Facts about PLUS-grasses
PLUS-grasses are a result of a complex Festulolium breeding programme that combines the best characteristics of each parent specie; Lolium and Festuca. PLUS-grasses are marketed by DLF within two main groups: Ryegrass PLUS and Tall fescue PLUS.

Festulolium is a forage grass developed by crossing Meadow Fescue (Festuca pratense) or Tall Fescue (Festuca arundinacea) with perennial ryegrass (Lolium perenne) or Italian ryegrass (Lolium multiflorum).

Festulolium combines robustness with a high persistence and stress tolerance including a fast growth and high productivity.
 

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DLF Fiber Energy - when sustainable farming generates a higher profit
DLF is part of the global vision of a sustainable future as summarized in the UN Global Goals. It is a focal point in our strategic vision to provide farmers worldwide with sustainable agricultural solutions. DLF FIBER ENERGY is one of many sustainable products that increase agricultural productivity and goes hand in hand with a climate neutral future.

DLF contributes to the green transition with research, that develops future forage solutions. DLF Fiber Energy forage is determined by lab analysis, and only grasses with the highest fiber digestibility are honored with a DLF Fiber Energy badge.

Conditions for agricultural production
The global demand for meat and milk is high, and as the world’s population increases exponentially, the demand of tomorrow will be even higher. Agriculture is highly exposed to climate change, as farming activities depend on climatic conditions. Meanwhile, the climate and environmental impact from milk and meat production is alarming as methane emissions from cows contribute to global warming.

In the future, the world needs solutions that increase agricultural productivity and reduces the emissions of methane pr. unit produced. We are ambitious at DLF and we feel that DLF Fiber Enegy is part of this solution. We continously develop green and sustainable solutions that reduce the agricultural impact on the climate.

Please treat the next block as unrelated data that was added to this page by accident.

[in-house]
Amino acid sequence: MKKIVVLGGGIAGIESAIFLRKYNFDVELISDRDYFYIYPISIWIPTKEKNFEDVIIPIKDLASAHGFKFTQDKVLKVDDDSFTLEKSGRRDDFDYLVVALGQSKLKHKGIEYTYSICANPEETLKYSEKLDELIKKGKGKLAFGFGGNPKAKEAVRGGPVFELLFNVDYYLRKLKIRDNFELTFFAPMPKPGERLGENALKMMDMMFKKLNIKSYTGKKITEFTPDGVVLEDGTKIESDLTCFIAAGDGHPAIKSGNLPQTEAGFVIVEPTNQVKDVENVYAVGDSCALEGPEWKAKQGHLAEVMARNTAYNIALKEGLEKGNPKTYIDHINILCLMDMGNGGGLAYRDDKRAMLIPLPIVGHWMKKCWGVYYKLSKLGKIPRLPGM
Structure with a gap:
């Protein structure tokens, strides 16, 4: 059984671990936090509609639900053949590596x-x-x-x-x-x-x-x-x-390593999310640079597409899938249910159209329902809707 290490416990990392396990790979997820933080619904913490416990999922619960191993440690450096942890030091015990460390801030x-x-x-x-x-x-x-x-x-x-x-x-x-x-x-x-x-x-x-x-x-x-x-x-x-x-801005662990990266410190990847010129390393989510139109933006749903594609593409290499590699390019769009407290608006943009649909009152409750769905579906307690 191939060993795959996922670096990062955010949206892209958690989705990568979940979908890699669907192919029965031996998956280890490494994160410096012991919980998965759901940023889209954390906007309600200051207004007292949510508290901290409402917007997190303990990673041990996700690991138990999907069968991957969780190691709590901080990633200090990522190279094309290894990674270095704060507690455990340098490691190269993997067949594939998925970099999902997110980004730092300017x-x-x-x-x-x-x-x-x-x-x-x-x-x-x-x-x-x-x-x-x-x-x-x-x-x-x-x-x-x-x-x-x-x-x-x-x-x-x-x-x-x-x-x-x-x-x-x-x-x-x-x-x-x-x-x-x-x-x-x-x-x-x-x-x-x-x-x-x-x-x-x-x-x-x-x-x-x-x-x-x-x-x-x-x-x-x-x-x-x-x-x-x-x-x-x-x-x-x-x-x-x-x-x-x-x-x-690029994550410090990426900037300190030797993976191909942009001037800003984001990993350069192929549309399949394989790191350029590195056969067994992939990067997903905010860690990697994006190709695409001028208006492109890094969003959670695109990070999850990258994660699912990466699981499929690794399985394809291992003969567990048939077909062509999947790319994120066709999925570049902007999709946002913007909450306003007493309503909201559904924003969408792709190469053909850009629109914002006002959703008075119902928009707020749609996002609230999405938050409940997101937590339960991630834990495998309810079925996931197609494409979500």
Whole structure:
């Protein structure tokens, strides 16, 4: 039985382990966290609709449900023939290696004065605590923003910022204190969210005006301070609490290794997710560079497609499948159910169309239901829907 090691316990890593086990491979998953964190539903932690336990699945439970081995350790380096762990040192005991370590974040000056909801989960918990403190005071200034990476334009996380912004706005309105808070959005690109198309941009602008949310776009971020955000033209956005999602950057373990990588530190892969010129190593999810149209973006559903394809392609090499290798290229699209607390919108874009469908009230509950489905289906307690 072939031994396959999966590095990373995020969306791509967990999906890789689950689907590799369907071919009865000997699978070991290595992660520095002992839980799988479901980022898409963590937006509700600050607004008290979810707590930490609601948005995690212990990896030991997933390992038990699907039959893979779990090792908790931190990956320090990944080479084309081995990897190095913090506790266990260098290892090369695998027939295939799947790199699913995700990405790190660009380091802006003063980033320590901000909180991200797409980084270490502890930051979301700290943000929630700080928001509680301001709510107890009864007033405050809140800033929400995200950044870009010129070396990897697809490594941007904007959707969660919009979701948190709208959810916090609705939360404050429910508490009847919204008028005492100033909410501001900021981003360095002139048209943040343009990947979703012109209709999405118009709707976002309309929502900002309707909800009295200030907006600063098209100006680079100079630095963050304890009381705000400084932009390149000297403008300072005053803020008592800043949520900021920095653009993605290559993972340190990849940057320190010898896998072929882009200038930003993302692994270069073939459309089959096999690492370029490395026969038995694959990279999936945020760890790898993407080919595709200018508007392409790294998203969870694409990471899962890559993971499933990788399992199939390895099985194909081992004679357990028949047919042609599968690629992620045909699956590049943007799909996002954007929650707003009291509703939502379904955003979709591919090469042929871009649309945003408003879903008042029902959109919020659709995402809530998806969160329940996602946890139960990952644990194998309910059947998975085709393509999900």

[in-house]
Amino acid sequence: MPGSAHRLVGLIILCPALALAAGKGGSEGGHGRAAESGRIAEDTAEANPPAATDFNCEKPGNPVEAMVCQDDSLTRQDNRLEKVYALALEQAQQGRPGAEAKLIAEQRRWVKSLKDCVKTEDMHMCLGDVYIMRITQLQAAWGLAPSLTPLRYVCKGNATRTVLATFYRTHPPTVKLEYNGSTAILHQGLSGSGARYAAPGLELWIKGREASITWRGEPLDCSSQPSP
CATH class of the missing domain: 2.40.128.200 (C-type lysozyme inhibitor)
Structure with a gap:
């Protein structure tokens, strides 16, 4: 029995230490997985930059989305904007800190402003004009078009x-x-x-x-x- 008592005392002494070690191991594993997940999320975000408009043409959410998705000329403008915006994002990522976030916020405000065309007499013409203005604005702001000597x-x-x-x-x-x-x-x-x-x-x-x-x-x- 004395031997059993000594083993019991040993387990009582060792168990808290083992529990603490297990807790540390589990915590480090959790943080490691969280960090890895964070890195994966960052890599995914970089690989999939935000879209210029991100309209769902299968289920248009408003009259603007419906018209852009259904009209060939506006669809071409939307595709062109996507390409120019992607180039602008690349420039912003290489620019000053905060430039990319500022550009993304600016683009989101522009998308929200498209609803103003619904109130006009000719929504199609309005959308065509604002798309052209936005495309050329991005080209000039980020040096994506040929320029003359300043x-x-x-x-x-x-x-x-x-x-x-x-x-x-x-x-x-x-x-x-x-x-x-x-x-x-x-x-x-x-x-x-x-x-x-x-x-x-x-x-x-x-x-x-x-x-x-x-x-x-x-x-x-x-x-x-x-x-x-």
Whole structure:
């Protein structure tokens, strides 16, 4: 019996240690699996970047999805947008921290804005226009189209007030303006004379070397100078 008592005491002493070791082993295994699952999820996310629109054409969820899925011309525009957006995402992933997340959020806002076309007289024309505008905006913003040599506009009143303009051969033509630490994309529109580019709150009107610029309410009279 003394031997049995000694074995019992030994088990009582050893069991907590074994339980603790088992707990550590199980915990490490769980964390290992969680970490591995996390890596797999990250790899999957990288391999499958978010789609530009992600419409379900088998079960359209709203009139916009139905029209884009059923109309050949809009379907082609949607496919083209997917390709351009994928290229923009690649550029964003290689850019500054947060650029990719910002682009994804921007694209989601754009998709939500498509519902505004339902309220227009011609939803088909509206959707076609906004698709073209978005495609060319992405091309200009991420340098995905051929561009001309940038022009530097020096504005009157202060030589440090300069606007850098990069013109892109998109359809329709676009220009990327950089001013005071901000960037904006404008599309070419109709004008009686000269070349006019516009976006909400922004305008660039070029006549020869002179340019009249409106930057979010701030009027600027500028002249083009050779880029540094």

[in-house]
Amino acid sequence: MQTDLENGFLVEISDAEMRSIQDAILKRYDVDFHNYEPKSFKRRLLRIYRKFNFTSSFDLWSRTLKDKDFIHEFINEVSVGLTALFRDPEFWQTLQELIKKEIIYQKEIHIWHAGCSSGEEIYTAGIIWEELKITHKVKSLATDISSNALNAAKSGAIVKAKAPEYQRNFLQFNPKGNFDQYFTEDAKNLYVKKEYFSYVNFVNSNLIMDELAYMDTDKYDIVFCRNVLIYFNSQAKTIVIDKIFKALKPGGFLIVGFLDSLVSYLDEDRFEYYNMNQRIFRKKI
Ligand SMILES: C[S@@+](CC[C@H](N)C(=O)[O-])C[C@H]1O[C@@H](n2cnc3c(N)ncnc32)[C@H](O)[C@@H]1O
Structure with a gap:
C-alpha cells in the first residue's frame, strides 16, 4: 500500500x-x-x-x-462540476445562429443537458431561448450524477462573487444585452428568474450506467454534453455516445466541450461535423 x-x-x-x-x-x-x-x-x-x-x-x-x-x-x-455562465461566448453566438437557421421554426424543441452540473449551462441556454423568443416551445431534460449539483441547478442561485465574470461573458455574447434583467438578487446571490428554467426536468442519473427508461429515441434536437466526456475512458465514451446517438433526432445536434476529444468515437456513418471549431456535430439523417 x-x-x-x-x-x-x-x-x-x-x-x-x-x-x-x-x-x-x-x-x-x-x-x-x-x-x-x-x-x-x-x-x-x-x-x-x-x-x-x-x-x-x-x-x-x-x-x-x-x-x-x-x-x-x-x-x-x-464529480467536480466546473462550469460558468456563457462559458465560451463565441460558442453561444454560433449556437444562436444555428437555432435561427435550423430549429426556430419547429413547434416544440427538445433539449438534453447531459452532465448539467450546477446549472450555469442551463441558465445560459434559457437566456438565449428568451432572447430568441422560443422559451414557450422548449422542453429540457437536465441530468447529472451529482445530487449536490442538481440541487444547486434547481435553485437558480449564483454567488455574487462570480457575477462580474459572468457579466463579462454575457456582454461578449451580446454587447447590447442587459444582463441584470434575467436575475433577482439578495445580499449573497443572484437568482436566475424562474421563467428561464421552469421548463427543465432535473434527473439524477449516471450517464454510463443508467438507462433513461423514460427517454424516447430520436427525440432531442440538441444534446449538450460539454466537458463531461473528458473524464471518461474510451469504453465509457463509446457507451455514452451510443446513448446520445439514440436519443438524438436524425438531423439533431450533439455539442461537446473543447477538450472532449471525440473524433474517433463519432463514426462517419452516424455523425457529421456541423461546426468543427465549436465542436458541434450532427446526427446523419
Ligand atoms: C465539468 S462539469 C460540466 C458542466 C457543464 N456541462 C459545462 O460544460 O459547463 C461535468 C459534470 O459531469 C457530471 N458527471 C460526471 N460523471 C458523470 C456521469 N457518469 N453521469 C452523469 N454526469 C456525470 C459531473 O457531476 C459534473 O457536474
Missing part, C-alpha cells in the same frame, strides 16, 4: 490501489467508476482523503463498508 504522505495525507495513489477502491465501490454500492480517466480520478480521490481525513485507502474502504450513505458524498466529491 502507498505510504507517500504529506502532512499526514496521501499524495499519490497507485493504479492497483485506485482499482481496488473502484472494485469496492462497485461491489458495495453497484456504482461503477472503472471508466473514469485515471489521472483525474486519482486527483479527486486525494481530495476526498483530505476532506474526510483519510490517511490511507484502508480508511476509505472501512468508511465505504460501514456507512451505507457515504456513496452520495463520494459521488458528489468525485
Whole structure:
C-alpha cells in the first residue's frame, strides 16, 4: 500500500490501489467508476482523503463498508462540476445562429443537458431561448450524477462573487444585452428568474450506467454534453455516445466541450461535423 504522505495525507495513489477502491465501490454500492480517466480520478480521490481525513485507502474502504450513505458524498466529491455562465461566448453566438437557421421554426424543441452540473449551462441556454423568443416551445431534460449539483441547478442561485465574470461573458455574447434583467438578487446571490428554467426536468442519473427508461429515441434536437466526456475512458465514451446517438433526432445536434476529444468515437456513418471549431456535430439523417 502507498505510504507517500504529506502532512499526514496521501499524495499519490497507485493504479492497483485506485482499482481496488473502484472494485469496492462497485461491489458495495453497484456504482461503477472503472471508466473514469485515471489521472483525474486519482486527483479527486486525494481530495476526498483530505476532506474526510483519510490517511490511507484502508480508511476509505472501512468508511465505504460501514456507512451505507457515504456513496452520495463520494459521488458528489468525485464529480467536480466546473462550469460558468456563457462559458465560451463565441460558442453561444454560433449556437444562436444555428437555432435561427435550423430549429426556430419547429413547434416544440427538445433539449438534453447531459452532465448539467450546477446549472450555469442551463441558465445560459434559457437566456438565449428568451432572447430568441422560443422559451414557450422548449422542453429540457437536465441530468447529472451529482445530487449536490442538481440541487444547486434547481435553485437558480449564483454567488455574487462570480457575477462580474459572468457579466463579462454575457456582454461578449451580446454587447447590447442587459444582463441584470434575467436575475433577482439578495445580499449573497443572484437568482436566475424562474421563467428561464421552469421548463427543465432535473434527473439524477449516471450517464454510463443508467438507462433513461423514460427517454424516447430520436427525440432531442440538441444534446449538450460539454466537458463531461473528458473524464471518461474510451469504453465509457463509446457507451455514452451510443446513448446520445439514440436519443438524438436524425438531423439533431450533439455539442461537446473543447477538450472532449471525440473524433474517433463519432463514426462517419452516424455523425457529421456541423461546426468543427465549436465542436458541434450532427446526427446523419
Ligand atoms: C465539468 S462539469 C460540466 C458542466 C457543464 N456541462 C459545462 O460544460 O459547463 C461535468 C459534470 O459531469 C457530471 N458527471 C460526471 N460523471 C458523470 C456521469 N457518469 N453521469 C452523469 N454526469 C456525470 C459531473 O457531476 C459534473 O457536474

Fewer cow burps – and more milk and meat



DLF Fiber Energy is a quality standard used for forage varieties with an increased digestibility. Each cow eats the same amount of grass but with a higher digestibility, the feed uptake increases, and provides more energy to the cow. DLF Fiber Energy improves the digestibility of up to 8 percent, producing more milk and meat with the same feed intake and maintaining the same methane emission.

With DLF Fiber Energy farmers will be able to:

  1. Use more locally produced forage. With DLF Fiber Energy in locally produced forage solutions more energy is released to the cow
  2. Experience a higher productivity. With more energy, each cow produces more milk and gains more weight, meaning more meat.
  3. Less methane into the atmosphere. With an improved digestibility of ensiled grass, the cow rumen is more efficient with less enteric fermentation.

The UN Sustainable Development Goals

DLF Fiber Energy makes a unique contribution to

  • Achieve food security by increasing productivity (goal 2)
  • Takes urgent action to combat climate change by sequestrating methane (goal 13)


FACT BOX
With the improved the digestibility up to 8 percent which gives:

  • More milk per cow: 730 l per year
  • More kilos per cow: 70 kg per year
 

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DLF Grass and Clover - Sustainable farming practice